Croatia is a south-central European country with an extensive coastline down the Adriatic Sea. It borders Hungary in the north, and Montenegro to the south. The Croats settled in early 7th century, forming two principalities, Dalmatia and Pannonia. In 1102, Croatia entered into a union with the Kingdom of Hungary (the Dalmatian coast was controlled by V ...enice until the 18th century). The region became a part of the Habsburg Empire in 1527, and in 1918 became a part of the Kingdom of SHS, later renamed Yugoslavia. In 1991 Croatia proclaimed independence by holding its first democratic elections. The country includes seven World Heritage sites and eight national parks. Its capital is Zagreb. Tourism in Croatia is well-developed, with most of the traffic going to the well-preserved coastal Renaissance towns. Several companies run flotillas of yachts along different stretches of the coastline, which is also popular with divers. In the interior of the country highlights include the capital Zagreb, the Baroque capital Varaždin, and a plethora of medieval castles.Show More
American and Canadian citizens must have a passport that is valid for at least 90 days beyond the intended return date in order to enter and depart the country. Tourists must also provide proof of return or onward travel. Each traveler is responsible for ensuring that his/her passport is up to date. Citizens of other nationalities should check with respective authorities before departure.
Please ensure that the name on your passport matches all travel documents we have issued. If this is not the case, please contact us immediately.
Please make a photocopy of your passport’s identification page and keep it separate from your original. It’s also a good idea to leave a digital copy with someone at home. This may speed up the replacement process should you lose your passport.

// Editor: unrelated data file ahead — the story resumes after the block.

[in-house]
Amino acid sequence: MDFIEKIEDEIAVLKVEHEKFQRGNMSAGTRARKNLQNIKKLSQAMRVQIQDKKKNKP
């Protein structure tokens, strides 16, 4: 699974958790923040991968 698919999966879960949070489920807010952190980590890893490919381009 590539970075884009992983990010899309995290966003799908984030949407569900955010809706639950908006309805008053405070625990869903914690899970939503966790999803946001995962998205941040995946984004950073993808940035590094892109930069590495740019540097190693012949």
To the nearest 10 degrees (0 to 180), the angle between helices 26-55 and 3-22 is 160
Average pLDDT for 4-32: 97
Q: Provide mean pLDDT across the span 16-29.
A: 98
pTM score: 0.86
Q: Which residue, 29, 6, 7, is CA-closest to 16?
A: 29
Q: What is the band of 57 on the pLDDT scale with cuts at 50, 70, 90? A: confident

U.S. and Canadian citizens may enter for up to 90 days for tourist or business purposes without a visa. Citizens from other countries may require a valid visa. These requirements change often and therefore it is best that you check with the Embassy of Croatia for the most up-to-date visa information.
Cancelation and Medical Insurance is highly recommended as it can safeguard against the expenses associated with in-country medical emergencies, lost or delayed baggage and emergency cancelation or interruption of your trip. Please ensure your policy will provide you with upfront medical coverage so that you are not responsible for a hefty medical bill. Insurance can be purchased through us.
We always recommend that you see a doctor or health-care provider who specializes in Travel Medicine. They will best determine your vaccination and medication needs based on your health and immunization history, areas of the country you will be visiting, planned activities and up-to-the-minute requirement changes. For all vaccinations and health requirements, we also recommend that you consult the World Health Organization (WHO): http://www.who.int or Centers for Disease Control and Prevention (CDC) http://wwwnc.cdc.gov.